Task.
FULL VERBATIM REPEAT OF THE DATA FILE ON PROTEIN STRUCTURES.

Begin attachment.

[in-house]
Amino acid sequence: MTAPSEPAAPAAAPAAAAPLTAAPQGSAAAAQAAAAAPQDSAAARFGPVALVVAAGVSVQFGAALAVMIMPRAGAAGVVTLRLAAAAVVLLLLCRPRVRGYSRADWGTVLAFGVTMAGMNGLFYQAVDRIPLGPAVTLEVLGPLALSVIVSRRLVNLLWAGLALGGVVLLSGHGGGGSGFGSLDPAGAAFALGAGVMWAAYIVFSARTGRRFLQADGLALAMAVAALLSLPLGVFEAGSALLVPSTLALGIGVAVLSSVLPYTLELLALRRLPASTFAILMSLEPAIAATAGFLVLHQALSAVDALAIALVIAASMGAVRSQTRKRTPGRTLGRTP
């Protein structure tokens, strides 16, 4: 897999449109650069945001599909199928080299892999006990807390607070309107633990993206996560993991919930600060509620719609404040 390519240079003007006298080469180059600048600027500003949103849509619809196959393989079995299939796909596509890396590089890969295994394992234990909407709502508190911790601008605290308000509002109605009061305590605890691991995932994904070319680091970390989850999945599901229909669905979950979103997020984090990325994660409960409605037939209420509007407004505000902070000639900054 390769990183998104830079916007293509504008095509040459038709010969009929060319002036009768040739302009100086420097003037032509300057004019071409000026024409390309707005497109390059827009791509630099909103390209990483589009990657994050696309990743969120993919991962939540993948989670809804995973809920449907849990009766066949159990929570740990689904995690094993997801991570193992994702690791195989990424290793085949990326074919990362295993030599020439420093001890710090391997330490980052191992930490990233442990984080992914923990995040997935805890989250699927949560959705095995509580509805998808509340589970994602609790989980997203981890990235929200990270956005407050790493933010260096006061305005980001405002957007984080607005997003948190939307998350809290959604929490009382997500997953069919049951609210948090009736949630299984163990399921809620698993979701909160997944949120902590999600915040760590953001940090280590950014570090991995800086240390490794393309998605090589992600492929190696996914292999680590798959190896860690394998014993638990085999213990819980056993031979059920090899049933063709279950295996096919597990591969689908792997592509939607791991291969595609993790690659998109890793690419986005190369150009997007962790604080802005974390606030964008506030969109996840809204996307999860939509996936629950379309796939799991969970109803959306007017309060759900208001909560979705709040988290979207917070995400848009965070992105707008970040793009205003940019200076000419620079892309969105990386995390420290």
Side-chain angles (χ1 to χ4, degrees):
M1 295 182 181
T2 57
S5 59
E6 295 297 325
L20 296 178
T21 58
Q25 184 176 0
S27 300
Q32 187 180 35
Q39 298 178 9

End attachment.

[in-house]
Amino acid sequence: MTAPSEPAAPAAAPAAAAPLTAAPQGSAAAAQAAAAAPQDSAAARFGPVALVVAAGVSVQFGAALAVMIMPRAGAAGVVTLRLAAAAVVLLLLCRPRVRGYSRADWGTVLAFGVTMAGMNGLFYQAVDRIPLGPAVTLEVLGPLALSVIVSRRLVNLLWAGLALGGVVLLSGHGGGGSGFGSLDPAGAAFALGAGVMWAAYIVFSARTGRRFLQADGLALAMAVAALLSLPLGVFEAGSALLVPSTLALGIGVAVLSSVLPYTLELLALRRLPASTFAILMSLEPAIAATAGFLVLHQALSAVDALAIALVIAASMGAVRSQTRKRTPGRTLGRTP
């Protein structure tokens, strides 16, 4: 897999449109650069945001599909199928080299892999006990807390607070309107633990993206996560993991919930600060509620719609404040 390519240079003007006298080469180059600048600027500003949103849509619809196959393989079995299939796909596509890396590089890969295994394992234990909407709502508190911790601008605290308000509002109605009061305590605890691991995932994904070319680091970390989850999945599901229909669905979950979103997020984090990325994660409960409605037939209420509007407004505000902070000639900054 390769990183998104830079916007293509504008095509040459038709010969009929060319002036009768040739302009100086420097003037032509300057004019071409000026024409390309707005497109390059827009791509630099909103390209990483589009990657994050696309990743969120993919991962939540993948989670809804995973809920449907849990009766066949159990929570740990689904995690094993997801991570193992994702690791195989990424290793085949990326074919990362295993030599020439420093001890710090391997330490980052191992930490990233442990984080992914923990995040997935805890989250699927949560959705095995509580509805998808509340589970994602609790989980997203981890990235929200990270956005407050790493933010260096006061305005980001405002957007984080607005997003948190939307998350809290959604929490009382997500997953069919049951609210948090009736949630299984163990399921809620698993979701909160997944949120902590999600915040760590953001940090280590950014570090991995800086240390490794393309998605090589992600492929190696996914292999680590798959190896860690394998014993638990085999213990819980056993031979059920090899049933063709279950295996096919597990591969689908792997592509939607791991291969595609993790690659998109890793690419986005190369150009997007962790604080802005974390606030964008506030969109996840809204996307999860939509996936629950379309796939799991969970109803959306007017309060759900208001909560979705709040988290979207917070995400848009965070992105707008970040793009205003940019200076000419620079892309969105990386995390420290």
Side-chain angles (χ1 to χ4, degrees):
M1 295 182 181
T2 57
S5 59
E6 295 297 325
L20 296 178
T21 58
Q25 184 176 0
S27 300
Q32 187 180 35
Q39 298 178 9